Protecting Your Home Appliances against Power Failures:

Surges and power failures claim many electronics in the rush of returning power. Here’s how to protect your home from unpredictable and unannounced power surges. The best way to protect your home is to purchase a surge protection block. This looks like a power strip, but it is bulkier and has the ability to absorb the energy that a surge produces when power returns. For added protection, if the power has been out for some time, go ahead and unplug your surge protector form the outlet. This ensures that none of the appliances connected to the surge protector are affected in case the protector is faulty.  Do not unplug unless the power has been out for at least 10 minutes, or else you risk becoming electrocuted.  

Hunter Roberts Homes and Wellington Chase Homes design home plans, renovation plan.  We build traditional, modern and contemporary new homes; do renovations, remodeling and home additions.  We do the architecture including interior design details as well as new home plans.  We manage all phases of the new home construction and renovation work.  We build throughout Oakland County including Birmingham, Berkley, Bloomfield Village, Bloomfield Hills, Bloomfield Township, Franklin, Sylvan Lake, Beverly Hills, Orchard Lake, Bingham Farms, Huntington Woods, Pleasant Ridge, Royal Oak, Berkley, Ferndale and Troy. Our work can be found in neighborhoods such Quarton Lake, Poppleton Park, Midvale, Holy Name, central Birmingham and other fine areas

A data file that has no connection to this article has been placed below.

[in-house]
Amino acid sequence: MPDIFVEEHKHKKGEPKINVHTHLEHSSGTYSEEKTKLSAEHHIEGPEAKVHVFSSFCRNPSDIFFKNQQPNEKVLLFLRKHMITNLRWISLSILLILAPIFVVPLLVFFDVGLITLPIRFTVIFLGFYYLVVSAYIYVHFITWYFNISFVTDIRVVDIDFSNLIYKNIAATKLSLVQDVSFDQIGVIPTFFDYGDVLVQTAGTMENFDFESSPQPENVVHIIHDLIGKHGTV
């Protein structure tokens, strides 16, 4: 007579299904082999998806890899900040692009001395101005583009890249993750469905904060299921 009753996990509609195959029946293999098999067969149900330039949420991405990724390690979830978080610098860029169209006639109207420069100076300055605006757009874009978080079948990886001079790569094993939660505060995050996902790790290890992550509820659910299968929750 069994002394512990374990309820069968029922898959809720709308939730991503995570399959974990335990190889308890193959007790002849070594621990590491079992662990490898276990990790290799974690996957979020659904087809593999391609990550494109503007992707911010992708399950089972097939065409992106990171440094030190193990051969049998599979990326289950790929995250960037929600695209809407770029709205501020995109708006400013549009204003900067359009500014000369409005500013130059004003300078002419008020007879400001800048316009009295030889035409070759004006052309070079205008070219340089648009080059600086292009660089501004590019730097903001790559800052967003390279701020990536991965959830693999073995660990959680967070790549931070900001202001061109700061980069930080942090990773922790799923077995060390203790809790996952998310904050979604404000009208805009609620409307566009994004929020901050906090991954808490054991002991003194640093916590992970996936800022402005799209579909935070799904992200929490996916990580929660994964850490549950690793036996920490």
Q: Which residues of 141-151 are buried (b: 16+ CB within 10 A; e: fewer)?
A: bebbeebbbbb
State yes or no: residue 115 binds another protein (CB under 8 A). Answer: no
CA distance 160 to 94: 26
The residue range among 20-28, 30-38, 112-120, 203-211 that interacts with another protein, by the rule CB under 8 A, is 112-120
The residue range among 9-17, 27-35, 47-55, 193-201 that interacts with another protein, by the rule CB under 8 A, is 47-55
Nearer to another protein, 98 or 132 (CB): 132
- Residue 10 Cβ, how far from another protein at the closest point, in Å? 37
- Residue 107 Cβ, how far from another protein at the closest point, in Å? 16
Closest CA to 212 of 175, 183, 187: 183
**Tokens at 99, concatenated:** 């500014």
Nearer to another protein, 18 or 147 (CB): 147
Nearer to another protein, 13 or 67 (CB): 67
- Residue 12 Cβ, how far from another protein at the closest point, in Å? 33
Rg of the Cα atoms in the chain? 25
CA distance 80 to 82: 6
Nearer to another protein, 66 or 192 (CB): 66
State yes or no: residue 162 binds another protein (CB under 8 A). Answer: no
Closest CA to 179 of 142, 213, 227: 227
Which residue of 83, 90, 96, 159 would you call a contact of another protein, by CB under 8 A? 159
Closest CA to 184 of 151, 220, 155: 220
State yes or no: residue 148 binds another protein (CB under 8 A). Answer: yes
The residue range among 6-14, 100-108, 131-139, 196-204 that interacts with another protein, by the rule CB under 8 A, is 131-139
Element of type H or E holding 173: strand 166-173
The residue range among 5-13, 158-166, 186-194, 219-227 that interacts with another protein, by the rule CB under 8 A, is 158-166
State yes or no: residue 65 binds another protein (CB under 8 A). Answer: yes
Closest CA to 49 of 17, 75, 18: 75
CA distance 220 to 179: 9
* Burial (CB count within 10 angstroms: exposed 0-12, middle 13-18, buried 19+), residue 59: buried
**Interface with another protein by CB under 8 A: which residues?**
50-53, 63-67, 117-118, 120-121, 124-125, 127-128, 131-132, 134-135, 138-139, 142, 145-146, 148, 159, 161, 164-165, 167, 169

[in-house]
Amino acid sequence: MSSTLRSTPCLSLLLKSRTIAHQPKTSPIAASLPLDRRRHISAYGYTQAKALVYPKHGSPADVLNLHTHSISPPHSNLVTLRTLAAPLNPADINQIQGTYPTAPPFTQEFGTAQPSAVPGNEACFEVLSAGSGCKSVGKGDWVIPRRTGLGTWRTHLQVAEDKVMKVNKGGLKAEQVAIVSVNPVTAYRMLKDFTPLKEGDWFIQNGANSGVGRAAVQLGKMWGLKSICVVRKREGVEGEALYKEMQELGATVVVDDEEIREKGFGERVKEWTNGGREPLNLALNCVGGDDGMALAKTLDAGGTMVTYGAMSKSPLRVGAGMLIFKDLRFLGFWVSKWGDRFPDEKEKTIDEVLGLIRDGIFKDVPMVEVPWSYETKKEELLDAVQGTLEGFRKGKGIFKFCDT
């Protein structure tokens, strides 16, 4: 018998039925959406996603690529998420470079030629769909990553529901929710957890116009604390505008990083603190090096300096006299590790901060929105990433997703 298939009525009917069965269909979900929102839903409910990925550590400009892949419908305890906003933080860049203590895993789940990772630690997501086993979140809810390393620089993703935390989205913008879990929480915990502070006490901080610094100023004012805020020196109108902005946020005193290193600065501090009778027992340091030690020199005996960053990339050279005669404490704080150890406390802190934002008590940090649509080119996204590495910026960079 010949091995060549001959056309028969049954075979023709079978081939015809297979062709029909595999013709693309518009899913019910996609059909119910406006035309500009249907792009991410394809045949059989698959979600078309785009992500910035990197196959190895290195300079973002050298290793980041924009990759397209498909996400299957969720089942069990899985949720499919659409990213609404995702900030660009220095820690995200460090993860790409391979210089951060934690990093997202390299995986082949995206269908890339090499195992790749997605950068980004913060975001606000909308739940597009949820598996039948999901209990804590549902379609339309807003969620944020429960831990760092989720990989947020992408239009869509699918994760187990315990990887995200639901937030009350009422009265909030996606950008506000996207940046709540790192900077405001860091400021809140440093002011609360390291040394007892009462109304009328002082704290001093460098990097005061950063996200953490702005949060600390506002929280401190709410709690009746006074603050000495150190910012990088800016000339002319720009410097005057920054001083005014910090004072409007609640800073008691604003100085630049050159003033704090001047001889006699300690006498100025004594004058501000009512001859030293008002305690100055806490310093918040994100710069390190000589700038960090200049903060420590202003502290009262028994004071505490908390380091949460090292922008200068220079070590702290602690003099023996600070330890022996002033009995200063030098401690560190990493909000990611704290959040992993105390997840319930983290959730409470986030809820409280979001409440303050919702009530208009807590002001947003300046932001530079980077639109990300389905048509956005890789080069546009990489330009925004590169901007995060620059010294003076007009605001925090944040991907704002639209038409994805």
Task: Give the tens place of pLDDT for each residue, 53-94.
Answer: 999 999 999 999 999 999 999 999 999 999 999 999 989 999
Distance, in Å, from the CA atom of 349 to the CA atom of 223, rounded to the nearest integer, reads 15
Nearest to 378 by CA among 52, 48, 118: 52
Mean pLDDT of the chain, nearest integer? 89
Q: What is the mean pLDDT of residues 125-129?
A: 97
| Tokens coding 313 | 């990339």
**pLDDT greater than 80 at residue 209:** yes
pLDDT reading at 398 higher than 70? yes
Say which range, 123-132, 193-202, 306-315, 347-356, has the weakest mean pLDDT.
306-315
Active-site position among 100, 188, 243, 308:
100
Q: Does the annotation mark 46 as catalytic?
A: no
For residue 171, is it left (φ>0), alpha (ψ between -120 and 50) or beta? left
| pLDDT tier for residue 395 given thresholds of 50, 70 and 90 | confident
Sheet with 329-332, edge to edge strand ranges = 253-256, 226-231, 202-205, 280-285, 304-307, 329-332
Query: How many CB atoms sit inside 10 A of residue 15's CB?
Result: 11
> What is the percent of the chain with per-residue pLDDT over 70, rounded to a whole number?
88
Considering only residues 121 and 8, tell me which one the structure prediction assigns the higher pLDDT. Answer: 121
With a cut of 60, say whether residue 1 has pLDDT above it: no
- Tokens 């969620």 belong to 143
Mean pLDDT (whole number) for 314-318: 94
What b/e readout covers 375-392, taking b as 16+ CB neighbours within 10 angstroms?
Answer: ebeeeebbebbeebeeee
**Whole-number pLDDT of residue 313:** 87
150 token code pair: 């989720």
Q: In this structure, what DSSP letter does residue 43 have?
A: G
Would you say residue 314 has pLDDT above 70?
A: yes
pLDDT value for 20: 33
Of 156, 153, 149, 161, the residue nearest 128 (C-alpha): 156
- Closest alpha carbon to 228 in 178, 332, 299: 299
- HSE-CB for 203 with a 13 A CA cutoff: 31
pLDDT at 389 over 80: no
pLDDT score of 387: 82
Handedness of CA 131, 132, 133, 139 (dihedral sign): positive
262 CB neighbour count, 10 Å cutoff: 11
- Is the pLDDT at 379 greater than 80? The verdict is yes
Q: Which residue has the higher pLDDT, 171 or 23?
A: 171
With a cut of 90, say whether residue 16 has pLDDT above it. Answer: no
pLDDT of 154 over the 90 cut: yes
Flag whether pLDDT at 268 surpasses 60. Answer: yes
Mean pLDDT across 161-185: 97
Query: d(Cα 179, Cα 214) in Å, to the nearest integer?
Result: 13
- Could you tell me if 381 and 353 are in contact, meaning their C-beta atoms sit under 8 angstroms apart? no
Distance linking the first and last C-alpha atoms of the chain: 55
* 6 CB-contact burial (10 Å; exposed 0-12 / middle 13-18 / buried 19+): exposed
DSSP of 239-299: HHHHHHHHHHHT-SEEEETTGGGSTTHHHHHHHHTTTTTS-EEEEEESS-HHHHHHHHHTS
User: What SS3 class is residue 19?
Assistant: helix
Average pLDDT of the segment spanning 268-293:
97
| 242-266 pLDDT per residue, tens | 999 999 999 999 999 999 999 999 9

Sticking and Leaking Doors

Sticking Doors

            As the weather and humidity changes, it is not unusual for doors to stick or not fully close. Wooden doors tend to swell as the humidity increases. The door frame changes shape and size as a result of this humidity. However, your sticking door may be as simple as a loose screw.

            A wooden door that that sticks or won’t close is usually fairly easy to fix. Other types of doors can also be fixed, but there are fewer options when it comes to modifying the size or shape of the door itself.